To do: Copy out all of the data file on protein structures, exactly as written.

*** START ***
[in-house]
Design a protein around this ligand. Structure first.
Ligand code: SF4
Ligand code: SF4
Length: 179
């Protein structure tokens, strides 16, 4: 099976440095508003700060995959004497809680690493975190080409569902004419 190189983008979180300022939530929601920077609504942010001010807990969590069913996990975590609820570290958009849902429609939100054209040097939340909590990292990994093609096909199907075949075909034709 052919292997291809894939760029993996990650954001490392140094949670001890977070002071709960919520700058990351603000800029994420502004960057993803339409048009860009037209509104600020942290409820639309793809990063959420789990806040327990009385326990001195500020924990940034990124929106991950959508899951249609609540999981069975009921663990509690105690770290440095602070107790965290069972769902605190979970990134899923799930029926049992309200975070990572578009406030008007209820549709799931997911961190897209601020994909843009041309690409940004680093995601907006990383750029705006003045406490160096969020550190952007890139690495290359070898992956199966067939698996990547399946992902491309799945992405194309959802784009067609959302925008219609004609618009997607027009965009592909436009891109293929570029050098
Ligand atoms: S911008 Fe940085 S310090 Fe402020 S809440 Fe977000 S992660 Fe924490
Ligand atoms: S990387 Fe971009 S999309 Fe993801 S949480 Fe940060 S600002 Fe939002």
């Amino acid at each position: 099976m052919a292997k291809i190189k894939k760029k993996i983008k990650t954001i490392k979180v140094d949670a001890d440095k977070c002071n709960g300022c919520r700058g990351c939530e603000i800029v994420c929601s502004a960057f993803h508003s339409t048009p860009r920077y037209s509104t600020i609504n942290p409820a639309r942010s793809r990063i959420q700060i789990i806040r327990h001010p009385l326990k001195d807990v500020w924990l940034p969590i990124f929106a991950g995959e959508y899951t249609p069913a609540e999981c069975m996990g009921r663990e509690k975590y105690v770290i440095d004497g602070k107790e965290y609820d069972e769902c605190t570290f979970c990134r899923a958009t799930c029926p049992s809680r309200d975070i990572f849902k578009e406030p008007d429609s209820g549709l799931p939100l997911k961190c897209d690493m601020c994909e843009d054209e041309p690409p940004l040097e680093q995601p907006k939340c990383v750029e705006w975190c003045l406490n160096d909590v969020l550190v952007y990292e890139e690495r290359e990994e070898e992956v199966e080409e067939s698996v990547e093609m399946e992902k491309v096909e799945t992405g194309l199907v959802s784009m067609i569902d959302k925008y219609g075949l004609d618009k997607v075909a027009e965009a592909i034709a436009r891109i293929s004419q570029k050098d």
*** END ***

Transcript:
[in-house]
Design a protein around this ligand. Structure first.
Ligand code: SF4
Ligand code: SF4
Length: 179
């Protein structure tokens, strides 16, 4: 099976440095508003700060995959004497809680690493975190080409569902004419 190189983008979180300022939530929601920077609504942010001010807990969590069913996990975590609820570290958009849902429609939100054209040097939340909590990292990994093609096909199907075949075909034709 052919292997291809894939760029993996990650954001490392140094949670001890977070002071709960919520700058990351603000800029994420502004960057993803339409048009860009037209509104600020942290409820639309793809990063959420789990806040327990009385326990001195500020924990940034990124929106991950959508899951249609609540999981069975009921663990509690105690770290440095602070107790965290069972769902605190979970990134899923799930029926049992309200975070990572578009406030008007209820549709799931997911961190897209601020994909843009041309690409940004680093995601907006990383750029705006003045406490160096969020550190952007890139690495290359070898992956199966067939698996990547399946992902491309799945992405194309959802784009067609959302925008219609004609618009997607027009965009592909436009891109293929570029050098
Ligand atoms: S911008 Fe940085 S310090 Fe402020 S809440 Fe977000 S992660 Fe924490
Ligand atoms: S990387 Fe971009 S999309 Fe993801 S949480 Fe940060 S600002 Fe939002």
């Amino acid at each position: 099976m052919a292997k291809i190189k894939k760029k993996i983008k990650t954001i490392k979180v140094d949670a001890d440095k977070c002071n709960g300022c919520r700058g990351c939530e603000i800029v994420c929601s502004a960057f993803h508003s339409t048009p860009r920077y037209s509104t600020i609504n942290p409820a639309r942010s793809r990063i959420q700060i789990i806040r327990h001010p009385l326990k001195d807990v500020w924990l940034p969590i990124f929106a991950g995959e959508y899951t249609p069913a609540e999981c069975m996990g009921r663990e509690k975590y105690v770290i440095d004497g602070k107790e965290y609820d069972e769902c605190t570290f979970c990134r899923a958009t799930c029926p049992s809680r309200d975070i990572f849902k578009e406030p008007d429609s209820g549709l799931p939100l997911k961190c897209d690493m601020c994909e843009d054209e041309p690409p940004l040097e680093q995601p907006k939340c990383v750029e705006w975190c003045l406490n160096d909590v969020l550190v952007y990292e890139e690495r290359e990994e070898e992956v199966e080409e067939s698996v990547e093609m399946e992902k491309v096909e799945t992405g194309l199907v959802s784009m067609i569902d959302k925008y219609g075949l004609d618009k997607v075909a027009e965009a592909i034709a436009r891109i293929s004419q570029k050098d």